New bid to stop women in Northamptonshire smoking while pregnant
A one-stop hub of resources to help healthcare professionals support pregnant women in Northamptonshire to give up smoking is being created.
Methods to encourage expectant smokers to quit their habit are being identified and new ones will be developed where gaps exist.
They will be pooled together as part of a training module and a manual for smoking cessation specialists who work with pregnant women, with a view to becoming integrated into standard NHS training programmes.
The initiative is being launched because research shows one-to-one support delivered by trained anti-smoking advisors generates positive results.
The project is being funded by NIHR Collaboration for Leadership in Applied Health Research and Care (CLAHRC) East Midlands, an organisation which turns research into cost-saving and high-quality care through cutting-edge innovation.
Professor Tim Coleman, professor of primary care at the UK Centre for Alcohol and Tobacco Studies, University of Nottingham, who has led the project, said: “We believe using certain behavioural support techniques, which are relevant to the everyday lives of most pregnant smokers, will increase engagement and provide better results in terms of giving up.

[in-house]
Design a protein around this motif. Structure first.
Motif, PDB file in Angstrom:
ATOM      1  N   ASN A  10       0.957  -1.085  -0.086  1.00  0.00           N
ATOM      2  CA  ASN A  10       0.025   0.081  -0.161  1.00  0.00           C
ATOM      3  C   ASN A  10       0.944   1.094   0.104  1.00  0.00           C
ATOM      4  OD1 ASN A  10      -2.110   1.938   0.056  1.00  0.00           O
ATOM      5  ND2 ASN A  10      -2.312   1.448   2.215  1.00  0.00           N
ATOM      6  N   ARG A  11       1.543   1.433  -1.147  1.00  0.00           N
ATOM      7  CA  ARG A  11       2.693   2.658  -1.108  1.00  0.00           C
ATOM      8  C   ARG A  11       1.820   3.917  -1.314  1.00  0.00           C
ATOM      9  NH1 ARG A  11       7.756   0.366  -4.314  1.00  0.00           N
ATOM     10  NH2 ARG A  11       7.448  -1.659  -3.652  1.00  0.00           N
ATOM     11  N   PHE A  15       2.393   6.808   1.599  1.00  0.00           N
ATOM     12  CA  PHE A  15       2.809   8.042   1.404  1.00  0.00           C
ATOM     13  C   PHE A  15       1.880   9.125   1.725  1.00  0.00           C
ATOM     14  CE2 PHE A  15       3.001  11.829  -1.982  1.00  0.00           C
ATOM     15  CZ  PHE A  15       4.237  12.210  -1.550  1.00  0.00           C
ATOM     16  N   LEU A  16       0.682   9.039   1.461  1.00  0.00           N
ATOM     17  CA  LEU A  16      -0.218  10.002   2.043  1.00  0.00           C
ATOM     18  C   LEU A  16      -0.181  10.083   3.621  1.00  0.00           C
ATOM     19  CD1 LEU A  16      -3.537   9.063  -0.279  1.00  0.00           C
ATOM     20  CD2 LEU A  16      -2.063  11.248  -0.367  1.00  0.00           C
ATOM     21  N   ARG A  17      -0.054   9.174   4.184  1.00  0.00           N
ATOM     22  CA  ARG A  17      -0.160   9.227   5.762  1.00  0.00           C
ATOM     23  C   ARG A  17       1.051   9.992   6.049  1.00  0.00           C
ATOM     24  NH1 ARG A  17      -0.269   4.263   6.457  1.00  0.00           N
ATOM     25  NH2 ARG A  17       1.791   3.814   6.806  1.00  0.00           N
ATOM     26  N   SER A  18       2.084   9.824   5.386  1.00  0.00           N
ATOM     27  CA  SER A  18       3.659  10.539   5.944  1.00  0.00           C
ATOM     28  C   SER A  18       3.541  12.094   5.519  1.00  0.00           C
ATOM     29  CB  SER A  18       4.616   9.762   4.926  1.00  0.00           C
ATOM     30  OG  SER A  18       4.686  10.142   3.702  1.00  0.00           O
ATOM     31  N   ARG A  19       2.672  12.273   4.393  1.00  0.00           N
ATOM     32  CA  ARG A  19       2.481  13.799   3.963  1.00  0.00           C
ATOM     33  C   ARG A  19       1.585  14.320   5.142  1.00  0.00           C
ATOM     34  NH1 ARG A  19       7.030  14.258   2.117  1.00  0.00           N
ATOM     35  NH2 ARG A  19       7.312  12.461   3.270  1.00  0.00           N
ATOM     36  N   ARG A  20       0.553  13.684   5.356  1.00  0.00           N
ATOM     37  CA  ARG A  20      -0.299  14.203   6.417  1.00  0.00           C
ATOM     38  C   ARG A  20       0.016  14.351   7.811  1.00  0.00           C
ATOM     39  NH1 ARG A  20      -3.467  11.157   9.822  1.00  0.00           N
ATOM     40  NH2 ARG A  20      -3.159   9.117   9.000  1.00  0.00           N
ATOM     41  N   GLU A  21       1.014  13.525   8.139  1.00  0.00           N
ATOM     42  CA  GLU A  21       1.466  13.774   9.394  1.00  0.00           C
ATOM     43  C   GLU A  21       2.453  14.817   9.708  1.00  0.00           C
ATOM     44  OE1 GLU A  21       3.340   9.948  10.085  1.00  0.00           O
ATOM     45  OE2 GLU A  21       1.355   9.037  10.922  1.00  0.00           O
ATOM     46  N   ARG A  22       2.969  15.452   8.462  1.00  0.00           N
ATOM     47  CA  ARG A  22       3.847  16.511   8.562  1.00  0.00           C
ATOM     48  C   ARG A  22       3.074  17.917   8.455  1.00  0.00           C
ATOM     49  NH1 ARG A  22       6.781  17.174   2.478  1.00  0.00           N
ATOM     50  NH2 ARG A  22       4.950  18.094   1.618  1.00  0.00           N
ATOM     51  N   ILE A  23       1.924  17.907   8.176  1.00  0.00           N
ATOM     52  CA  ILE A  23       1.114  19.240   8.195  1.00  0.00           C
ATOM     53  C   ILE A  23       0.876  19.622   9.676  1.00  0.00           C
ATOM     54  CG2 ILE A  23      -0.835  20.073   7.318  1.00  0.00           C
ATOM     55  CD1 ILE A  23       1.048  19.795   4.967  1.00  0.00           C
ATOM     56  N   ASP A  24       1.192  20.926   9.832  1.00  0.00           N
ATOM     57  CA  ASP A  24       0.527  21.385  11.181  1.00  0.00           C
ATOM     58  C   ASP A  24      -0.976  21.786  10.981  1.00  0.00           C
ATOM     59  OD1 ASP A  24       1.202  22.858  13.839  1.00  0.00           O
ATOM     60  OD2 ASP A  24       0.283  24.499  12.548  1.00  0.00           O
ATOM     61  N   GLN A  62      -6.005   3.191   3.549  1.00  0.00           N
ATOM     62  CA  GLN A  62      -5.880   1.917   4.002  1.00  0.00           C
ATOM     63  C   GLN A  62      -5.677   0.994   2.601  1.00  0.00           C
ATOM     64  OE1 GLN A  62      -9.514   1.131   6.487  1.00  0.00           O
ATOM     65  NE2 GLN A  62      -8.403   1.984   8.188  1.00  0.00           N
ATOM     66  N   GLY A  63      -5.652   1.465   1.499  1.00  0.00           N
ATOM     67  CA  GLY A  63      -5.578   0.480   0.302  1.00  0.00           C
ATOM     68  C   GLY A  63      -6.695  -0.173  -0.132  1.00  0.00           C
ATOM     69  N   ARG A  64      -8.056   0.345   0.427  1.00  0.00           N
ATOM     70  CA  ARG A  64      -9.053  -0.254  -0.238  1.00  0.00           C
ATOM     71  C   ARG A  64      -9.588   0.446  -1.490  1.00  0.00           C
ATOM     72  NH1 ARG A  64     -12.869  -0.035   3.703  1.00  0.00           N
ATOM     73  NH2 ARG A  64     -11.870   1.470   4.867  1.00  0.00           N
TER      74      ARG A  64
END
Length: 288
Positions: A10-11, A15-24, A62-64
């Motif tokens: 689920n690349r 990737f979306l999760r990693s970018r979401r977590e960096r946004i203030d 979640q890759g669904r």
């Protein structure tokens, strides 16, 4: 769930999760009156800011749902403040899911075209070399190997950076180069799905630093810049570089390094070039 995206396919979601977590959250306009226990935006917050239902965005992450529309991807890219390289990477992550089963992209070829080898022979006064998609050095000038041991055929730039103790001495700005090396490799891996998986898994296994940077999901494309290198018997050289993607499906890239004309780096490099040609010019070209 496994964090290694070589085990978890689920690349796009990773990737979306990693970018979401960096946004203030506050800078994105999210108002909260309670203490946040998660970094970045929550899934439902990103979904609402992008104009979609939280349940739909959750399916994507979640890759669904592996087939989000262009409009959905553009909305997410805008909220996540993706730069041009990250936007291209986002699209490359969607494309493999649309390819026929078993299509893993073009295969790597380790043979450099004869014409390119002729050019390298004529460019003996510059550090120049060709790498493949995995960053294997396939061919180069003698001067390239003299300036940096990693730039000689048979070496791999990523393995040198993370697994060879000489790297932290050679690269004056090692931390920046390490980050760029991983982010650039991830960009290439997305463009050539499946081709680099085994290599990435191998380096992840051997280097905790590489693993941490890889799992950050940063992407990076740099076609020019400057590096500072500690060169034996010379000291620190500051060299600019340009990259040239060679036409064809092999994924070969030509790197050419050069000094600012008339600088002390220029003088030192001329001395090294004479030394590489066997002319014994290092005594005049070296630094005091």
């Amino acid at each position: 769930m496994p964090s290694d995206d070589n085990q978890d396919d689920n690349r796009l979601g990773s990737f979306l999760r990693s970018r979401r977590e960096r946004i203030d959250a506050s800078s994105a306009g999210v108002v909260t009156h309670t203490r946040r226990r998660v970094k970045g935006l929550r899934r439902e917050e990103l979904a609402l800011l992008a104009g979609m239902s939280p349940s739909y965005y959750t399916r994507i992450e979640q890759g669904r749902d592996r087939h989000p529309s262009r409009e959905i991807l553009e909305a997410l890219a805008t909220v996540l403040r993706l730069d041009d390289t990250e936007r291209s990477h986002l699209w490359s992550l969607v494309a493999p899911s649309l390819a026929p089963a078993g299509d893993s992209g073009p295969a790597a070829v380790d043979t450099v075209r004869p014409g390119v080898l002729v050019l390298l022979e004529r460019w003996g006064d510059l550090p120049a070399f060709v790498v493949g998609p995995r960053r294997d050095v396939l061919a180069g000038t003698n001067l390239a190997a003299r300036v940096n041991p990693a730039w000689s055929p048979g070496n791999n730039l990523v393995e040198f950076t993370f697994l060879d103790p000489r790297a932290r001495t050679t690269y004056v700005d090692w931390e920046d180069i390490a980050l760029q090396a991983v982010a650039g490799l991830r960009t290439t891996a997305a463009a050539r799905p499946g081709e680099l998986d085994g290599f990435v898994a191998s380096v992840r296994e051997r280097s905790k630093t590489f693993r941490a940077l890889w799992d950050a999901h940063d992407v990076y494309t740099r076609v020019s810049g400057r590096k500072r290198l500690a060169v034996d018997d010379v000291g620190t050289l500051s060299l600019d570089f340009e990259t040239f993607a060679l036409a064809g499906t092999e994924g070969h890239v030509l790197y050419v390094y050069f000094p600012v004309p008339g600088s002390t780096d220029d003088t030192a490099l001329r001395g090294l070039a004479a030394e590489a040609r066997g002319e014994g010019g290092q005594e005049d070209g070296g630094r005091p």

“Smoking in pregnancy increases the risk of miscarriage, stillbirth, prematurity, low birth weight, sudden infant death and asthma in the child once born.
“Smokers are usually offered nicotine replacement therapies once they’ve fallen pregnant, but because pregnant women have much faster nicotine metabolism, NRT has a limited and at best borderline effect in pregnancy. We know that behavioural support from trained cessation advisors helps pregnant smokers to stop for good and we want to make the support pregnant women receive more relevant to them and more effective.”
The project is due to start this summer and the resources are expected to be launched in 2018.
According to the Health and Social Care Information Centre, 12 per cent of mothers were recorded as smokers at the time of delivery in 2014 in England. Every cigarette contains more than 4,000 chemicals which are harmful to the unborn baby. Cigarettes can also restrict the essential oxygen supply to your baby, so their heart has to beat harder every time the mother lights up.